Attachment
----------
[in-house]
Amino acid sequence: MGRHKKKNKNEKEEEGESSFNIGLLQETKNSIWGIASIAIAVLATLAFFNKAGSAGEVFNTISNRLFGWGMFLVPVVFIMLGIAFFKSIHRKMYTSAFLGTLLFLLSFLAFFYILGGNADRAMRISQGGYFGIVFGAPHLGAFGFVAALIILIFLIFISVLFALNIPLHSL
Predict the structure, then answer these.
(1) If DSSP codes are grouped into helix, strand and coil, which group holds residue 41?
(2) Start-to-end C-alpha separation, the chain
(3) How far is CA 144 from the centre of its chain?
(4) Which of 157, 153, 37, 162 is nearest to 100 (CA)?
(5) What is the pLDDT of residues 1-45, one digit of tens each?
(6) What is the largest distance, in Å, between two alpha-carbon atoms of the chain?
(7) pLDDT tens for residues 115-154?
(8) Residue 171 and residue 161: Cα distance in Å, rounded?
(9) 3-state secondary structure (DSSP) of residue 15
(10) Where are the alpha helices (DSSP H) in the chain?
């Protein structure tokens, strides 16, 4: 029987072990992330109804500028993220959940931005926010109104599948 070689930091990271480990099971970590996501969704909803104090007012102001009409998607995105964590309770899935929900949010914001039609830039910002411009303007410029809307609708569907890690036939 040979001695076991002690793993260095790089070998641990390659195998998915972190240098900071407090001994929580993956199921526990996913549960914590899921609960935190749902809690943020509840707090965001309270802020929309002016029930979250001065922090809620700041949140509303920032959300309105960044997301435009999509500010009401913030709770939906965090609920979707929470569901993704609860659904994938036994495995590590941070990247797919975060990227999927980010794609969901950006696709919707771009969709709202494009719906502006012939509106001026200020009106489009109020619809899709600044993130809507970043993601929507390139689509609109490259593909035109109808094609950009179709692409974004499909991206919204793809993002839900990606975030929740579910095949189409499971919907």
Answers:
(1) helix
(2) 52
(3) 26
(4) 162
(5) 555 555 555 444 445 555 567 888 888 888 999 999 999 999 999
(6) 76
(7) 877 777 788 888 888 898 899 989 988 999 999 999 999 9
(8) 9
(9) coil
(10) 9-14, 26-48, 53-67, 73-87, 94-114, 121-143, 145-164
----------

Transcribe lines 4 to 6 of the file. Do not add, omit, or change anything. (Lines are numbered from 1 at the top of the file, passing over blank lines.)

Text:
(1) If DSSP codes are grouped into helix, strand and coil, which group holds residue 41?
(2) Start-to-end C-alpha separation, the chain
(3) How far is CA 144 from the centre of its chain?